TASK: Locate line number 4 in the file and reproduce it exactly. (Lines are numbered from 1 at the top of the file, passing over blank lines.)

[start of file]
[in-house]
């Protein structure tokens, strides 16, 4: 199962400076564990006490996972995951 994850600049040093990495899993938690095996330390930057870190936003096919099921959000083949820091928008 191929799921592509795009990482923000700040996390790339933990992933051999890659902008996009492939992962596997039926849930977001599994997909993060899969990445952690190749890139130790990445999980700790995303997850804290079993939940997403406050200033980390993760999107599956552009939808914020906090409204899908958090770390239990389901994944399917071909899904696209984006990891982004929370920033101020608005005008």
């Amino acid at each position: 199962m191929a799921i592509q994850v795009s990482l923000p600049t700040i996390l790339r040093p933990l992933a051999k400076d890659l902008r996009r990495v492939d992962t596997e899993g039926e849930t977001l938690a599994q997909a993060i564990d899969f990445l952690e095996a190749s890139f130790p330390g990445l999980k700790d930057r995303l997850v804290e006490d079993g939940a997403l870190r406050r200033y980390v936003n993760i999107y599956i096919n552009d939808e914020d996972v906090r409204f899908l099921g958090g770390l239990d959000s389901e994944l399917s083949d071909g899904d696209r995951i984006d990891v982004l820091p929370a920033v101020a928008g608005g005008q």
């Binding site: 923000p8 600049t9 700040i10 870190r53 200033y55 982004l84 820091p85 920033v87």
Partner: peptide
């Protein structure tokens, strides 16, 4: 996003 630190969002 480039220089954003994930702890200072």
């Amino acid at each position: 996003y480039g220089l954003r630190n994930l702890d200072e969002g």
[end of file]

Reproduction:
């Binding site: 923000p8 600049t9 700040i10 870190r53 200033y55 982004l84 820091p85 920033v87």